The switches -126 select for each gauging device being monitored that level of potential on the divider network 110 which corresponds to the product made by that particular product maker. In the case of gauging device 1, its product maker may be producing regular cigarettes so the variance readout takes place from the higher po- .tential, tap 116. This voltage is amplified at 70 and transmitted to the input of recorder 51. If, however, the fourth gauging device was being monitored and its maker was producing king-size cigarettes, switch 126 would pick a lower voltage off the divider 110 at tap 118. It must be noted that contacts 1921) are now closed to connect the center tap of resistor 65 to ground which shifts the recorder pen 57 Zero position to the extreme lefthand edge of the chart 55. This is done only during variance readout when the entire span of the recorder bridge is required. As the variance is read out by' the recorder 51 all process signals from the next gauging device are blocked from amplifier 70 by the contact 190a, which is now open.

Since both the make and age of a product maker may determine its ability to produce cigarettes within desired tolerances, each different product maker may be arbitrarily assigned a level of performance. A product maker may be classed as a good, medium or poor device and the variance indication should be made relative to the performance expected of that product maker, e.g., a variance of products of a good product maker will be small compared to that of a poor product maker.

To provide a level of performance for an excessive variance indicator panel 52 and alarm device 56 is the purpose of the voltage divider network 128 which compensates for this difference in product makers. The amplifier 130 serves a two-fold purpose by amplifying the variance voltage as well as providing an impedance matching device which isolates voltage divider networks 110 and 128 each from the other.

A three position switch is associated with each gauging device that is monitored to provide several fixed voltage levels that may be picked off an appropriate tap of the divider. The switch position may be marked Good, Medium, and Poor. If it happens that product maker 1 is relatively new, switch will connect deck 10D to tap 142 of highest potential on the divider network 128. A poor product maker such as the last one is connected to a tap 146 of lowest potential. The stepper rotor of deck 16]) delivers this voltage to the indicator panel 52 whose individual lights will be ignited if this voltage is more than a set limit. Alarm device 56 may also be actuated by an excessive variance.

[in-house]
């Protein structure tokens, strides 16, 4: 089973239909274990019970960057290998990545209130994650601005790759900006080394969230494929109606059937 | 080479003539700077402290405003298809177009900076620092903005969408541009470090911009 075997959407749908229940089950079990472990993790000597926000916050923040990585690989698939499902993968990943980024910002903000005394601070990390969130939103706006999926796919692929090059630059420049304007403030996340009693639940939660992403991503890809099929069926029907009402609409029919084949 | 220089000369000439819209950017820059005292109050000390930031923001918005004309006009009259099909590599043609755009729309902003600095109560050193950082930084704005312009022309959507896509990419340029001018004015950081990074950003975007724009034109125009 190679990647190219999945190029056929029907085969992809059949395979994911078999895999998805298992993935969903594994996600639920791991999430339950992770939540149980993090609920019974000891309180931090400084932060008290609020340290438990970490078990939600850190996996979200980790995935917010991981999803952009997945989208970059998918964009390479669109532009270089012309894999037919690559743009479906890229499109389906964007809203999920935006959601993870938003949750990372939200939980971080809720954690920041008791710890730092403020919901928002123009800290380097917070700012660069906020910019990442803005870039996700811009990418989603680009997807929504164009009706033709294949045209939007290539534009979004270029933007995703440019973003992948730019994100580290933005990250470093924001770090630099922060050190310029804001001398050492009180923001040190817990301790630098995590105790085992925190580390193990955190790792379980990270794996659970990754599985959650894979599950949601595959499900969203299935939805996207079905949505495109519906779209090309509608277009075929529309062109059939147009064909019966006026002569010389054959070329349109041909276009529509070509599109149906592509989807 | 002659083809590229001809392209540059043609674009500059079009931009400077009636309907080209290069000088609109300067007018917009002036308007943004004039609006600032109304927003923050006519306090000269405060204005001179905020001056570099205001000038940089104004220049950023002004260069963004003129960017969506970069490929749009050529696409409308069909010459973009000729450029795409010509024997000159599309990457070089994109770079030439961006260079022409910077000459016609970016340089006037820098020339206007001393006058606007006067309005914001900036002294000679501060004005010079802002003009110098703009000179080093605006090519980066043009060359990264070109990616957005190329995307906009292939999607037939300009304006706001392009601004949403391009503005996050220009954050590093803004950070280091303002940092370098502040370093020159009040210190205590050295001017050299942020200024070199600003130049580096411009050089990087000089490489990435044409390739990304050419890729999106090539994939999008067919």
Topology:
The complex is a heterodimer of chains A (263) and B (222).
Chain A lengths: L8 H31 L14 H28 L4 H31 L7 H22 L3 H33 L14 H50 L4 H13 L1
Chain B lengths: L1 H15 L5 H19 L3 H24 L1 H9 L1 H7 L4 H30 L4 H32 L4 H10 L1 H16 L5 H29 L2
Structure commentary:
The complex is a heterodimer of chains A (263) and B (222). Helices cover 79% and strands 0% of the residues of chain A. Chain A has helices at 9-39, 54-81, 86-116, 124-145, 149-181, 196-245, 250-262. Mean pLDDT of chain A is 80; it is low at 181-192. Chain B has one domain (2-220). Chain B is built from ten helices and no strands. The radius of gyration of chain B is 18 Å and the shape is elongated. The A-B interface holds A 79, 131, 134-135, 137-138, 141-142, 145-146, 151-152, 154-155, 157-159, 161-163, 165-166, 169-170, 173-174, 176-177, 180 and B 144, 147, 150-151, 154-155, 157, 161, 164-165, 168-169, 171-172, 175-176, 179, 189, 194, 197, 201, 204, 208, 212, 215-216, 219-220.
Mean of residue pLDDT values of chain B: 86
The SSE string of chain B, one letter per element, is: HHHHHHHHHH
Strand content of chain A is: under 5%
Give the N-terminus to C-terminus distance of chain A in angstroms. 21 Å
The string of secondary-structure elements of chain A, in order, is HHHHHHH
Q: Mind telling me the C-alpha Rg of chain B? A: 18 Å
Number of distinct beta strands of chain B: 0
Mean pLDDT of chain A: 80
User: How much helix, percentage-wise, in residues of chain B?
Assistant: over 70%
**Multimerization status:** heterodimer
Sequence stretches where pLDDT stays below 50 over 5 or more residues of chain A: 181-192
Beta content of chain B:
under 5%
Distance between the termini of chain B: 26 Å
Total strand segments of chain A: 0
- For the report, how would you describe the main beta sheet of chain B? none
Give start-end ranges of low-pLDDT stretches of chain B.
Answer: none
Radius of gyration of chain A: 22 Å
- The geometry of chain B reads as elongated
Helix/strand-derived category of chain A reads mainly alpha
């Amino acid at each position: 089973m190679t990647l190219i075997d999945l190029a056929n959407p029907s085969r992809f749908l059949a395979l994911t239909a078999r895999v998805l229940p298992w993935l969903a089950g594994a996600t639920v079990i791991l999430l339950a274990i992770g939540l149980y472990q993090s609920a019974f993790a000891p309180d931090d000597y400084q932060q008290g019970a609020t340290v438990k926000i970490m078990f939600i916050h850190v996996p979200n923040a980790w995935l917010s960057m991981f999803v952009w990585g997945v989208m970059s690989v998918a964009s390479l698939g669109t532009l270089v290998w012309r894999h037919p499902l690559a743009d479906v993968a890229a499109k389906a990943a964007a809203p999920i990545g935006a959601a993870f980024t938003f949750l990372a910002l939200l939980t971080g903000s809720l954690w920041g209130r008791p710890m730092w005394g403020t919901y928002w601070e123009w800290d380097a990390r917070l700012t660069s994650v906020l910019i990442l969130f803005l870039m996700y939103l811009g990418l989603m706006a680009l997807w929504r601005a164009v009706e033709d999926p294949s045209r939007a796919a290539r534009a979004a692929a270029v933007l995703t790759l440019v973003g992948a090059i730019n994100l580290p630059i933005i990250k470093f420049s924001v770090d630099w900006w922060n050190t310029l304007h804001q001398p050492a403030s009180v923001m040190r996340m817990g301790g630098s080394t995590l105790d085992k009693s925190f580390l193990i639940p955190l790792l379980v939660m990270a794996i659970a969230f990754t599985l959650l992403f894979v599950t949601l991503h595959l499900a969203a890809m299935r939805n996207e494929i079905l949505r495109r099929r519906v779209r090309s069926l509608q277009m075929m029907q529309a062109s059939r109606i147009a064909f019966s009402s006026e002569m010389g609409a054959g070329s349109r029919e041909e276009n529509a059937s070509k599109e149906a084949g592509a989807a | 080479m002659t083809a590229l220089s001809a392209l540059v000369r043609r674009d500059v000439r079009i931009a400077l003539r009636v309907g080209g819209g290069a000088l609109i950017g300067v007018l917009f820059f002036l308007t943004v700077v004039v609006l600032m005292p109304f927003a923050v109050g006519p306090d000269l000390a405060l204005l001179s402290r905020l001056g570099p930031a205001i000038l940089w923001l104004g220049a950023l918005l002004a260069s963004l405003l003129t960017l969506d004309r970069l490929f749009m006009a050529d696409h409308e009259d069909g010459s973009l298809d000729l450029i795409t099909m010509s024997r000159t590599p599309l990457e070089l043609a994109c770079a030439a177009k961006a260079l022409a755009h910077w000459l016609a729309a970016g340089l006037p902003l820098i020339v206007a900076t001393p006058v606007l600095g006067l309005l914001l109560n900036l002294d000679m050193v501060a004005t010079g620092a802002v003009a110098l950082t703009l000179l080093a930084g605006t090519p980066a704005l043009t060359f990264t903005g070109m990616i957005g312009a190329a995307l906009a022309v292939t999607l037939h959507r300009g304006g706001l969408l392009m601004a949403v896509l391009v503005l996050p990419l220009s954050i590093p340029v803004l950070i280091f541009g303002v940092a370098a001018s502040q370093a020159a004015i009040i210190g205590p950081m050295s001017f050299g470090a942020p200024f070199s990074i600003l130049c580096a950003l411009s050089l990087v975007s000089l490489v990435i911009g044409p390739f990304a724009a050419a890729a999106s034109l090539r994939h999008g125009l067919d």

Referring again to the timing operation, when timer 41 times out shortly aftertimer 31, timer contacts 41a energize relay 188. The contacts 188d and 188a of this relay deenergize timer 31 and relay 186 respectively. Contact 186a closes to allow timer 11 to run and the input to recorder 51 is clamped to ground by contact 186d. The zero voltage point of the recorder is simultaneously shifted from the left side of chart 55 to the center by the closing of contacts 192a which grounds the center tap of resistor 64. At this time the trace 55d is drawn on chart 55 by recording per 57, signifying the completion of monitoring for that product maker.

The aforementioned procedure is repeated for each gauging device unless a particular product maker is inoperative (down). If this is the case, the process sensor 54- will not receive a process signal, the positive charge on capacitor 81 will decay and cut oif the flow of plate current in tube 80 and likewise through relay 196. Contacts 196a and 196b open to allow timers 31 and 41 to operate immediately after timer 21 times out so that no time is spent reading out process variation and variance which are not present for that gauging device. Contact 196c closes to operate timer 101 whose time out actuates relay 194 through contacts 101a. Should a number of machines be inoperative for a certain length of time determined by timer 101, relay 194 will be energized and power to timer 11 will be disconnected by contact 1940. This may also shut down the recorder and light a standby light. A means to take the system off of standby condition will be apparent to those skilled in the art so a description of a releasing circuit is not shown.